5 Strategies for Teaching Primary Sources


The Library of Congress appropriately categorizes primary sources as the "raw materials of history," emphasizing the importance of analyzing, studying, and understanding these basic building blocks of any historical fact. By connecting students with firsthand facts and experiences, primary sources allow students to connect to the history on a deeper, more complex level. By using primary sources in your classroom, you're not only presenting critical and foundational information, but also helping students to formulate effective thinking strategies, critical thinking skills, and processing skills.

The Library of Congress appropriately categorizes primary sources as the "raw materials of history," emphasizing the importance of analyzing, studying, and understanding these basic building blocks of any historical fact. By connecting students with firsthand facts and experiences, primary sources allow students to connect to the history on a deeper, more complex level. By using primary sources in your classroom, you're not only presenting critical and foundational information, but also helping students to formulate effective thinking strategies, critical thinking skills, and processing skills. #lessonplans #primarysources #primarysourceanalysis #alessonplanforteachers #teacherspayteachers #teaching

By using these raw materials, or primary sources, a teacher can present a plethora of historical information. However, students may be intimidated or confused by primary sources as they were sometimes written many decades ago, with lengthy verbiage, colloquial language, and advanced conceptual knowledge. Using these 5 strategies for teaching primary sources, it will be easier to break down the primary source at hand, analyze it, and then use the knowledge obtained to suit the lesson. By utilizing bellringers, primary source images, guided analysis questions, think-pair-share activities, and skills practice, your middle school and high school students are less likely to be intimidated by primary sources and more likely to grasp and retain the information within said documents.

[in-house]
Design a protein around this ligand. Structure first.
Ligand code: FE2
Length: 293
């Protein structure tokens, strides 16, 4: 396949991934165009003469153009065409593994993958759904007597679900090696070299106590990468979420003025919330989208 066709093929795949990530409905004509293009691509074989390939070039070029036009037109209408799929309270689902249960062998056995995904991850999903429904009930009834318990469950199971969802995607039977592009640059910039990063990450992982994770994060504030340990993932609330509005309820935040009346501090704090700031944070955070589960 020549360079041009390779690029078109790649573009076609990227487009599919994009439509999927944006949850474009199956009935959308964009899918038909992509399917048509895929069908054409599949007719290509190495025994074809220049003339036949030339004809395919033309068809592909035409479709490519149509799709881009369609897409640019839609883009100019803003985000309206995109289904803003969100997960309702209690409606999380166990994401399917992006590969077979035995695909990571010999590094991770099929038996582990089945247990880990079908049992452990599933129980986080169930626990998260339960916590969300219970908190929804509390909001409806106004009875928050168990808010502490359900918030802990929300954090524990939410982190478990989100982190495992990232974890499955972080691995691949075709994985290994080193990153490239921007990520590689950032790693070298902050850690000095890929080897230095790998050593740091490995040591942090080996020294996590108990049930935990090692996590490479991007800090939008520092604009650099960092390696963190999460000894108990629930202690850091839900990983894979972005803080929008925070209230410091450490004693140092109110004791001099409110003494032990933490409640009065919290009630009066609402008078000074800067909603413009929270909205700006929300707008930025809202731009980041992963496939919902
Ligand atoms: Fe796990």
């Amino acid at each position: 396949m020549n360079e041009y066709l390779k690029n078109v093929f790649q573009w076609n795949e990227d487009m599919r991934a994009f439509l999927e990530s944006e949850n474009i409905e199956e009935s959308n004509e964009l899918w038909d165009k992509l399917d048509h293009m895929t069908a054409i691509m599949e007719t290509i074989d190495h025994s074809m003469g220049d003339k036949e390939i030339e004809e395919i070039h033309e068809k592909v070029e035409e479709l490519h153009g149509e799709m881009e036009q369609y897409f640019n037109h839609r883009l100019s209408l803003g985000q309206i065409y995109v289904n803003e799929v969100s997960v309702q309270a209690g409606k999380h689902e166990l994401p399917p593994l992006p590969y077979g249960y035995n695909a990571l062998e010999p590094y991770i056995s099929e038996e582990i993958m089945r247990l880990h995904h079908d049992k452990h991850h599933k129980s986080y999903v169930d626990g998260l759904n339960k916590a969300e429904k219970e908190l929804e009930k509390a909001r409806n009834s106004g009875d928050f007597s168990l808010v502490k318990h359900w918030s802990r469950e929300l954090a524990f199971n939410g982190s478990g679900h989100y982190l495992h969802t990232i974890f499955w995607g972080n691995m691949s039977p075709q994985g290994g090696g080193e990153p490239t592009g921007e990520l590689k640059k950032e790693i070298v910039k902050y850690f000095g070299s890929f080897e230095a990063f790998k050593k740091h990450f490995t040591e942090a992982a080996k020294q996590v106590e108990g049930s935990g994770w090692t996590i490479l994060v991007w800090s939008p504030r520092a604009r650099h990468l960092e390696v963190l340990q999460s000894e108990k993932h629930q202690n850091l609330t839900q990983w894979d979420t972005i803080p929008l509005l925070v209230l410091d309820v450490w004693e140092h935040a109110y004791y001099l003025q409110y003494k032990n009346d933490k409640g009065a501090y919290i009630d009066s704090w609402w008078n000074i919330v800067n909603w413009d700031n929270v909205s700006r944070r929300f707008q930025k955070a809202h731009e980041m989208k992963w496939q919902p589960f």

1. Use bellringers or large assignments to quickly evaluate different themes or people. By using bellringers with this evaluation component, students can quickly assess the information at hand, pick out pertinent relationships (themes, people, comparisons, differences) and regurgitate the information in whichever method you've planned. Bellringers get students thinking quickly and without as much intimidation - students are more likely to approach the information unbiased and ready to absorb. By using primary sources in your bellringers, students get firsthand knowledge and experience with the document at hand.

2. Use images with spiral questioning format. Start with easy questions and gradually formulate harder inquiries. Throwing your students into primary source documents "head first" is a recipe for disaster. Instead, stairstepping the complexity of the documents as well as the questions and/or information obtained from the documents will ensure that your students aren't quickly deterred  from utilizing primary source documents. Your visual learners will also surely benefit from the use of images in conjunction with the wordy documents.